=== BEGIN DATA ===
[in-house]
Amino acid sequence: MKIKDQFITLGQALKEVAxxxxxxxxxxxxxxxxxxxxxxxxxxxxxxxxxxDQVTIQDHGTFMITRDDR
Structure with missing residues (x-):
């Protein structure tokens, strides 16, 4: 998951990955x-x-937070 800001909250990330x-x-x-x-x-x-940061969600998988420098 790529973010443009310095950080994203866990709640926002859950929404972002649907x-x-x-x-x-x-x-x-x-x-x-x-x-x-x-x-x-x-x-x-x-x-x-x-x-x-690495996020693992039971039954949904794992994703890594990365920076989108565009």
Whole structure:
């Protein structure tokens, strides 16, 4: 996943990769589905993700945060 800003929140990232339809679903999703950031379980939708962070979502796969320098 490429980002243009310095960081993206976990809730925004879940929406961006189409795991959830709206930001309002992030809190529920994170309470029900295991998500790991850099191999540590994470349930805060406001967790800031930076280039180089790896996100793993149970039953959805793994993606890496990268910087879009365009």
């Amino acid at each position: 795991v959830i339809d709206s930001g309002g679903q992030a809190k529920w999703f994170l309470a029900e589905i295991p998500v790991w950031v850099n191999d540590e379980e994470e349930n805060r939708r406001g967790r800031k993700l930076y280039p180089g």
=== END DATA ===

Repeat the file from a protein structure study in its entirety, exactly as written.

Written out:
[in-house]
Amino acid sequence: MKIKDQFITLGQALKEVAxxxxxxxxxxxxxxxxxxxxxxxxxxxxxxxxxxDQVTIQDHGTFMITRDDR
Structure with missing residues (x-):
């Protein structure tokens, strides 16, 4: 998951990955x-x-937070 800001909250990330x-x-x-x-x-x-940061969600998988420098 790529973010443009310095950080994203866990709640926002859950929404972002649907x-x-x-x-x-x-x-x-x-x-x-x-x-x-x-x-x-x-x-x-x-x-x-x-x-x-690495996020693992039971039954949904794992994703890594990365920076989108565009």
Whole structure:
């Protein structure tokens, strides 16, 4: 996943990769589905993700945060 800003929140990232339809679903999703950031379980939708962070979502796969320098 490429980002243009310095960081993206976990809730925004879940929406961006189409795991959830709206930001309002992030809190529920994170309470029900295991998500790991850099191999540590994470349930805060406001967790800031930076280039180089790896996100793993149970039953959805793994993606890496990268910087879009365009």
């Amino acid at each position: 795991v959830i339809d709206s930001g309002g679903q992030a809190k529920w999703f994170l309470a029900e589905i295991p998500v790991w950031v850099n191999d540590e379980e994470e349930n805060r939708r406001g967790r800031k993700l930076y280039p180089g």